Janet is an 18-year-old student and the second of three children in her family. Her parents do not have regular employment but do work whenever they can get it at a neighboring flower farm. Janet was doing well in her early years, but in 2020, she began falling, and started experiencing headaches, with symptoms similar to epilepsy. Sometimes her eyes were affected, causing blurred vision. She began falling more frequently, and she was admitted to Kenyatta National Hospital, where a brain tumor was diagnosed. Janet had a successful craniotomy (brain surgery). Following the surgery, she developed a limping gait, had difficulty talking, and experienced non-typical body movements. Over time, she seems to have improved as she continues with therapy. Janet started experiencing new symptoms just a few weeks ago. She began crying at night but could not explain her problem. Eventually, it was determined that her left hand was not straightening out and it was suspected that Janet may have fallen and broken her hand without knowing it. An x-ray showed a closed fracture dislocation of the left elbow. Janet's mother was advised to bring her to our medical partner, African Mission Healthcare (AMH), and their care center. The surgeon has recommended an Open Reduction Internal Fixation (ORIF). This surgery will hopefully mend Janet's elbow. If not treated, Janet will continue to have pain. She may not be able to use her hand, and the fracture may develop malunion, or a permanent deformed healing. Fortunately, surgeons at AMH can help. On September 5th, Janet will undergo surgery. AMH is requesting $1,049 to fund this fracture repair procedure. Unfortunately, the family is not in a position to meet this cost. “My daughter does not even understand what is going on because of her other condition, but I plead for her support so that she can be able to use her hand in the future,” said Janet’s mother.
Rose is a 25-year-old woman from Haiti. She lives with her older sister and her family in a small community in southwest Haiti. When Rose was a teenager, one of her heart valves was severely damaged due to an infection. This caused a condition known as rheumatic mitral valve regurgitation, where Rose's heart cannot adequately pump blood through her body, leaving her weak and short of breath. She had to pause her college education due to her condition but hopes to restart school when she is healthy. On July 24th, Rose will undergo cardiac surgery in the United States. During the procedure, surgeons will remove Rose's damaged valve and implant an artificial replacement. Another organization, Baylor Scott and White Heart Hospital, is contributing $20,000 to pay for Rose's surgery. Rose's family also needs help to fund the costs of surgery prep and follow-up. The $1,500 bill covers labs, medicines, checkup, and followup appointments. It also supports passport obtainment and the social workers from our medical partner, International Cardiac Alliance, who will accompany Rose's family overseas. Rose shared with us: "I am so happy to be able to have this surgery so that I can start living more normally and thinking about my future!"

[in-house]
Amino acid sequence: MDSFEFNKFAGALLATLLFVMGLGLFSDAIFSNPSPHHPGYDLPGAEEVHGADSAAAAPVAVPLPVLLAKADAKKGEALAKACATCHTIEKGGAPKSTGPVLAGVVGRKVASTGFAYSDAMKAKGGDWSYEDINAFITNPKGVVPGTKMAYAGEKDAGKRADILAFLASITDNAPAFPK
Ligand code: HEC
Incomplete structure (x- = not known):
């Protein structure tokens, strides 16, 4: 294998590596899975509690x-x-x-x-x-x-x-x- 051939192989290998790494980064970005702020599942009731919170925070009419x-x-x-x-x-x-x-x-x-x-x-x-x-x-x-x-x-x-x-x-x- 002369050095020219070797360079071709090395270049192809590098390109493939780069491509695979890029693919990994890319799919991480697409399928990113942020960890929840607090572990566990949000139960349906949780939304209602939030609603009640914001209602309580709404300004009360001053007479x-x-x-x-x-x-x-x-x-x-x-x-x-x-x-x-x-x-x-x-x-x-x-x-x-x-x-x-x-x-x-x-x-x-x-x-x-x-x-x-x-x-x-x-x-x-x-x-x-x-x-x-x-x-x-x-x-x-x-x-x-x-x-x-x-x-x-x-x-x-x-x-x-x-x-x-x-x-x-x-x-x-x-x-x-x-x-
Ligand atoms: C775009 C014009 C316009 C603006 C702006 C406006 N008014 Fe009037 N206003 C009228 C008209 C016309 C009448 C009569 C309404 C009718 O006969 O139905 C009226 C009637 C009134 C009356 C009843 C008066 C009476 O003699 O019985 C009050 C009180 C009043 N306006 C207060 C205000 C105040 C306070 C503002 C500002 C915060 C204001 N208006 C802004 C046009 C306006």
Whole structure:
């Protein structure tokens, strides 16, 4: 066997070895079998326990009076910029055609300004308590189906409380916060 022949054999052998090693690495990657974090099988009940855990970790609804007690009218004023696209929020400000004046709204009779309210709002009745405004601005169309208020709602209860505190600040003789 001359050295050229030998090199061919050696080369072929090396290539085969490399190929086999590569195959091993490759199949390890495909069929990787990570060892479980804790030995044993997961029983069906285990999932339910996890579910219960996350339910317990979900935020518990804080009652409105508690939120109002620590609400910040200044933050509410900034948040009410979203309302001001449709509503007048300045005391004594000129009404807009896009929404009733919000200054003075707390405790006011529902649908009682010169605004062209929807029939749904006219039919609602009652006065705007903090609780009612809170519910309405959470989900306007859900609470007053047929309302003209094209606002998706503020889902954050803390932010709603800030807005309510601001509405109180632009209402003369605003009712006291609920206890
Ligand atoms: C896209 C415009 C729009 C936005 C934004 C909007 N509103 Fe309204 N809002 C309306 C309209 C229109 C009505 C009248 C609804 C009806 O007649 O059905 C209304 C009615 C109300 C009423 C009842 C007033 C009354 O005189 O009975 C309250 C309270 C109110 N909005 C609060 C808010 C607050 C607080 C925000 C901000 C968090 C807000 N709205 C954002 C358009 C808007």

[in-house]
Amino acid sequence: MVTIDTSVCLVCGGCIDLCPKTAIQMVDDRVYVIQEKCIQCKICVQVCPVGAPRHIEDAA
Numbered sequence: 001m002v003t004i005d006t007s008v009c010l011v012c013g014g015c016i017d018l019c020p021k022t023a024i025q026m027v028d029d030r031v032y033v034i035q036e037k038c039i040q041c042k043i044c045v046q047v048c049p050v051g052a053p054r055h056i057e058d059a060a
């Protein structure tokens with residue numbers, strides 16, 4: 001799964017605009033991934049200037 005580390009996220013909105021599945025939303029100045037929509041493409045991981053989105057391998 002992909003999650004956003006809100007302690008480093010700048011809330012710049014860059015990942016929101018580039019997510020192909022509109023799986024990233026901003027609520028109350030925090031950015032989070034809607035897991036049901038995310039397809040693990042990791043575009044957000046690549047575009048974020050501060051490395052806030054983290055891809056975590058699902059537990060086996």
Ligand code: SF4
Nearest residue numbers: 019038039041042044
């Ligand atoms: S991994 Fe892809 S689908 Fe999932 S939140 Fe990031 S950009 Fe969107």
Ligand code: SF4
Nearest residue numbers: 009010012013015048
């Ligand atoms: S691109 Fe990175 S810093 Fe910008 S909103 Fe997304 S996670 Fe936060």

Nahashon is a shy three-year-old boy from Nyandarua County, Kenya. His father works as a casual laborer while his mother takes care of Nahashon and his siblings. Nahashon was born with a condition known as Genu Varum, also known as bow legs. His legs curve outward, causing discomfort and pain when walking. Nahashon has a hard time playing with his friends due to this pain. Doctors from our medical partner, African Mission Healthcare (AMH), met Nahashon and his family at a local clinic. After an examination, doctors recommended Nahashon undergo bilateral PTO to correct the bowing in his legs. Nahashon is scheduled for treatment on July 10th at AMH's care center. After the procedure, he will be able to walk without pain. AMH is requesting $1224 to cover the cost of treatment. Nahashon's mother said, “I hope that the surgery will correct his condition and my son continue to walk like other children.”
Chit Htun is a 21-year-old man from Burma who lives with his mother, two sisters and a brother. His mother is a homemaker, while Chit Htun and his siblings are students. They are supported financially by two aunties and Chit Htun's former teacher. Chit Htun was born with spina bifida as well as hydrocephalus. When Chit Htun was just over a month old, he had a shunt inserted in his brain to control hydrocephalus. In October 202, Chit Htun fell down the stairs in his home and hit his head during the fall. Since that time, he has been experiencing headaches and dizziness with occasional loss of consciousness. Chit Htun's mother brought him to a hospital in Yangon, where he received a CT scans showing that the original shunt was in place. A second shunt was inserted to help with the loss of consciousness, but the headaches and dizziness continued to be a problem. In October 2022, Chit Htun had a seizure, accompanied by nausea and vomiting. Chit Htun's mother brought him to Mae Sot Hospital, where he received a CT scan on November 28th, 2022 with the help of Burma Children Medical Fund (BCMF). The doctor diagnosed Chit Htun with severe chronic hydrocephalus and suspected shunt malfunction. BCMF is now fundraising $1,500 to help cover the cost of surgery to replace Chit Htun's current shunt. Chit Htun's mother shared, "My son and I have been in Mae Sot for the past two months and we are homesick already. I hope that he will receive surgery soon and recover from his symptoms."